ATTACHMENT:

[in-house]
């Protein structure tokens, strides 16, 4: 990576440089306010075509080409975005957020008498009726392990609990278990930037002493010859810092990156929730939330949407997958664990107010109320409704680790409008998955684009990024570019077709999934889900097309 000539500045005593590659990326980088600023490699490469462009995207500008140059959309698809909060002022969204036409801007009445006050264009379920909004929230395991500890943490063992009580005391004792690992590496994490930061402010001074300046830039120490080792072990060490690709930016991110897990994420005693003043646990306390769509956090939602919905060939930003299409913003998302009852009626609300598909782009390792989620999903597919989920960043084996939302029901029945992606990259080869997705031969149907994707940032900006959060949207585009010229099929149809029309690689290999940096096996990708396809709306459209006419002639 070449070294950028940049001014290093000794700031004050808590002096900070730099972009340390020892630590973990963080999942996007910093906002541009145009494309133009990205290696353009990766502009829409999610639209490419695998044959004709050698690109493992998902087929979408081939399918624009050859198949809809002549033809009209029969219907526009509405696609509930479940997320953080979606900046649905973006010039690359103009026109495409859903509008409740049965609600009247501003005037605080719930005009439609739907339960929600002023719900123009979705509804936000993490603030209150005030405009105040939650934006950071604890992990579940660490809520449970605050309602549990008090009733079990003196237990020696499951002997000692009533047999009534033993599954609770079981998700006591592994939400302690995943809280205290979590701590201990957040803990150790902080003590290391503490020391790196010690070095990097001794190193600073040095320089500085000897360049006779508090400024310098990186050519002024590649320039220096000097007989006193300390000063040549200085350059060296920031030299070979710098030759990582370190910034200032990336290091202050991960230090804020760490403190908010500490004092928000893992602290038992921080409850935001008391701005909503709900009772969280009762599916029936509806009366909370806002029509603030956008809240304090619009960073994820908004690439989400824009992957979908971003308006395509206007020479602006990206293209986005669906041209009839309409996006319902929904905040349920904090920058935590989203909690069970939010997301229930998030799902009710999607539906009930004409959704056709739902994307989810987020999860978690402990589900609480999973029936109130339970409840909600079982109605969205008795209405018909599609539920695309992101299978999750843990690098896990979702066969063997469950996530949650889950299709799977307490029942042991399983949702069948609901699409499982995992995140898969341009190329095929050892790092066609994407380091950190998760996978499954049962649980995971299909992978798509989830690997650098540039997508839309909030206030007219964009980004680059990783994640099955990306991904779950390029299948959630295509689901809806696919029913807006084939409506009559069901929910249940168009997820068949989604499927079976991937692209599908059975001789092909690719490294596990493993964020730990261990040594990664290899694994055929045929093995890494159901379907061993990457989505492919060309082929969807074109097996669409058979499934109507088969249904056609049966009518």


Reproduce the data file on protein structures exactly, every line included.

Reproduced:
[in-house]
């Protein structure tokens, strides 16, 4: 990576440089306010075509080409975005957020008498009726392990609990278990930037002493010859810092990156929730939330949407997958664990107010109320409704680790409008998955684009990024570019077709999934889900097309 000539500045005593590659990326980088600023490699490469462009995207500008140059959309698809909060002022969204036409801007009445006050264009379920909004929230395991500890943490063992009580005391004792690992590496994490930061402010001074300046830039120490080792072990060490690709930016991110897990994420005693003043646990306390769509956090939602919905060939930003299409913003998302009852009626609300598909782009390792989620999903597919989920960043084996939302029901029945992606990259080869997705031969149907994707940032900006959060949207585009010229099929149809029309690689290999940096096996990708396809709306459209006419002639 070449070294950028940049001014290093000794700031004050808590002096900070730099972009340390020892630590973990963080999942996007910093906002541009145009494309133009990205290696353009990766502009829409999610639209490419695998044959004709050698690109493992998902087929979408081939399918624009050859198949809809002549033809009209029969219907526009509405696609509930479940997320953080979606900046649905973006010039690359103009026109495409859903509008409740049965609600009247501003005037605080719930005009439609739907339960929600002023719900123009979705509804936000993490603030209150005030405009105040939650934006950071604890992990579940660490809520449970605050309602549990008090009733079990003196237990020696499951002997000692009533047999009534033993599954609770079981998700006591592994939400302690995943809280205290979590701590201990957040803990150790902080003590290391503490020391790196010690070095990097001794190193600073040095320089500085000897360049006779508090400024310098990186050519002024590649320039220096000097007989006193300390000063040549200085350059060296920031030299070979710098030759990582370190910034200032990336290091202050991960230090804020760490403190908010500490004092928000893992602290038992921080409850935001008391701005909503709900009772969280009762599916029936509806009366909370806002029509603030956008809240304090619009960073994820908004690439989400824009992957979908971003308006395509206007020479602006990206293209986005669906041209009839309409996006319902929904905040349920904090920058935590989203909690069970939010997301229930998030799902009710999607539906009930004409959704056709739902994307989810987020999860978690402990589900609480999973029936109130339970409840909600079982109605969205008795209405018909599609539920695309992101299978999750843990690098896990979702066969063997469950996530949650889950299709799977307490029942042991399983949702069948609901699409499982995992995140898969341009190329095929050892790092066609994407380091950190998760996978499954049962649980995971299909992978798509989830690997650098540039997508839309909030206030007219964009980004680059990783994640099955990306991904779950390029299948959630295509689901809806696919029913807006084939409506009559069901929910249940168009997820068949989604499927079976991937692209599908059975001789092909690719490294596990493993964020730990261990040594990664290899694994055929045929093995890494159901379907061993990457989505492919060309082929969807074109097996669409058979499934109507088969249904056609049966009518």